(bu2 guo4) (hen3) (duo1) (ci4) (yi1) (kai1) (deng1) (de. shi2 hou4)

                (ta1) (jiu4) (pao3) (de.) (hen3) (kuai4)

(however) (very) (many) (time, occasion of recurring event) (one, as soon as) (turn on) (light) (when)

                (it) (just then) (to run) (adverb marker) (very) (fast)

However, many times as soon as the light is turned on, it runs very fast.

 

Then, I must make a fast decision!

我得決定是否用光腳丫踩死牠!

(我)(得)(決定)(是否)(用)(光腳丫)(踩死)(牠)

(wo3) (dei3) (jue2 ding4) (shi4 fou3) (yong4) (guang1 jiao3 ya1) (cai3 si3) (ta1)

(I) (must) (to decide) (positive or negative, yes or no) (to use) (naked feet) (to step on and kill) (it)

I must decide if I will use my bare feet to squish it.

 

And the whole time another thing is important.

我不要驚叫而驚醒老公。

(我)(不)(要)(驚叫)(而)(驚醒)(老公)

(wo3) (bu2) (yao4) (jing1 jiao4) (er2) (jing1 xing3) (lao3 gong1)

(I) (not) (want) (startle + cry out, shout, scream) (and, indicating causal relationship) (startle wake-up) (husband)

I don’t want to scream and wake up my husband.

 

I think it helps to make it a game.

我會叫這個舞為 「無聲光腳丫踩死蜘蛛舞」。

(我)(會)(叫)(這個)(舞)(為) 「(無聲)(光腳丫)(踩死)(蜘蛛)(舞)」

(wo3) (hui4) (jiao4) (zhe4 ge.) (wu3) (wei2)

                 “(wu2 sheng1) (guang1 jiao3 ya1) (cai3 si3) (zhi1 zhu1)  (wu3)”

(I)(will)(to call)(this)(dance)(to become, as) “(silent, no sound)(barefoot)(to step on and kill)(spider) (dance)”

I will call this dance “The Silent Barefoot Spider Killing Dance.”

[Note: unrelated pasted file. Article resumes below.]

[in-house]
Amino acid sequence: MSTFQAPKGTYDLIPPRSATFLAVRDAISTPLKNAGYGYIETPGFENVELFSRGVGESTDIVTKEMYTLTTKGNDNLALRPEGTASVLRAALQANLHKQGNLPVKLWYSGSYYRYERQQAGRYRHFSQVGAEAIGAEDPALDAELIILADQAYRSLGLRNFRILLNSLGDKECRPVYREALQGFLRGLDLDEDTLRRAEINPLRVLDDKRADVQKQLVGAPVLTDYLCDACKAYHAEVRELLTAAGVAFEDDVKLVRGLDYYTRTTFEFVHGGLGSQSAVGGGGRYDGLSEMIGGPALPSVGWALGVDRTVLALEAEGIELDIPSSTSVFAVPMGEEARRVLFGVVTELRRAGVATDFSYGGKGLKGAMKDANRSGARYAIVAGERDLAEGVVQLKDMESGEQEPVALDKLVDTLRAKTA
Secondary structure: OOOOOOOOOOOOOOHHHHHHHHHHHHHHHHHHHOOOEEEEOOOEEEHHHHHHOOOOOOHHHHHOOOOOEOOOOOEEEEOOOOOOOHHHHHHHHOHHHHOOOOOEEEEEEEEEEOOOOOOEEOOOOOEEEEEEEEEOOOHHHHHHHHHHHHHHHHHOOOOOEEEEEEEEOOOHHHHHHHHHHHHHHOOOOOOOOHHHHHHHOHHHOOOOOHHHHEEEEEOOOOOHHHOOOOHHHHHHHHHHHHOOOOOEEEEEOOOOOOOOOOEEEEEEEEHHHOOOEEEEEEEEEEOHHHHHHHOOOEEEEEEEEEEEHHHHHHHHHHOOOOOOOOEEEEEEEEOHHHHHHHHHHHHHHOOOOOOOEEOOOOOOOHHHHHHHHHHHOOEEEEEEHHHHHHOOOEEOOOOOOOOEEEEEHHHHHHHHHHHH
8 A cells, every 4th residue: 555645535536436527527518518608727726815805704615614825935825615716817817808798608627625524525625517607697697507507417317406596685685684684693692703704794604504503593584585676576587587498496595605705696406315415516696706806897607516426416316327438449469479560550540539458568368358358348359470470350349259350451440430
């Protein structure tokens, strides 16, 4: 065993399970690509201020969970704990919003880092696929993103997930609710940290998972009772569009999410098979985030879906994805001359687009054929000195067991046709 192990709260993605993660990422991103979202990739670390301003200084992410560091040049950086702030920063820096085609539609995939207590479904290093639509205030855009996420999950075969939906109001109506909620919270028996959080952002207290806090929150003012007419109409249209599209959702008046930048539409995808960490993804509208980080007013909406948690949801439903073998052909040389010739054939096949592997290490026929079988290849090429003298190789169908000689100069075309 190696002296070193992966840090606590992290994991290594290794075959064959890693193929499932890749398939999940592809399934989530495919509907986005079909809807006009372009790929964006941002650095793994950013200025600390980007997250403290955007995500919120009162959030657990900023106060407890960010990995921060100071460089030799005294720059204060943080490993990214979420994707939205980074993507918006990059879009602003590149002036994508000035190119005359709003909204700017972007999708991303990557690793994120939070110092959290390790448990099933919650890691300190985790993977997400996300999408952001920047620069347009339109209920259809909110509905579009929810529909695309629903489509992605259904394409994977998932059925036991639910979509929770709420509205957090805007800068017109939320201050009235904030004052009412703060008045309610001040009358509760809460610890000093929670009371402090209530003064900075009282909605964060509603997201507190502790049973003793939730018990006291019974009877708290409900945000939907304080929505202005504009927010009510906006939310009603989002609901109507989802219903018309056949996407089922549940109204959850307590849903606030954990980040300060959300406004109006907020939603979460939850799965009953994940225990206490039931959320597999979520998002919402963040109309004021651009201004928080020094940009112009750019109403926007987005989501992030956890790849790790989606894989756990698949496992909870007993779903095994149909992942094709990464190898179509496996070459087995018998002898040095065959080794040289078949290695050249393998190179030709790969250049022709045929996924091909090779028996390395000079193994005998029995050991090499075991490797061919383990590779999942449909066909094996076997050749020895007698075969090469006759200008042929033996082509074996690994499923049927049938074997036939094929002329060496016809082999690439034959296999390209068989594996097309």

You can follow along with this audio as my tutor and I read the sentences above:


 

Notes:

I tried using the word 清涼 (qing1 liang2) here, but was told it is a more measurable “cool,” like for water or things that would be touched. However, the cool refreshment when going down to a basement is more a subjective sense of cool, hence this choice of 涼快 (liang2  kuai4).

Whenever I would use a preposition in English, I am in for interesting Chinese grammar, because Chinese does not use prepositions.  So, whereas the English would be “some of the spiders,” the way to say that in Chinese is to indicate the group being referred to as the subject and then specify “some have.”  It helps me to think of it as “They (spiders), have some (in the group) that are…”  To put it in grammatical terms:

Subject + 有一些  是 。。。

Subject + (you3 yi1 xie1) (shi4) …

Some of them are…

  There are actually many “negator” words/characters in Chinese. I should probably write a blog about them all…. In this sentence the negator is 非 (fei1).

The common meaning of (yi1) is “one,” or something to do with the concept of unity. Here, it uses one of its meanings farther down in the dictionary of “as soon as.” The grammatical structure of the sentence is:

一(yi1) … 就(jiu4)

as soon as … then

I think 是否 (shi4 fou3) is a fun word because it strikes me as “Shakespearean.” That is “I must decide: is it to be or not to be that I step on the spider and kill it?

The grammatical structure here is:

叫。。。 為

(jaio4)… (wei2)

(to call) …(as)

When I lived in Taiwan, I got used to hearing people answer the phone saying, “喂 (wei4),” which to my English speaking ear always sounded like a question of “who is calling, please?” My tutor points out that this 喂 (wei4) is 4th tone, but it still sounded like a 2nd tone or question to me. That will help me remember how to use this 叫 (jiao4) 。。。 為 (wei2) grammar, I think.

,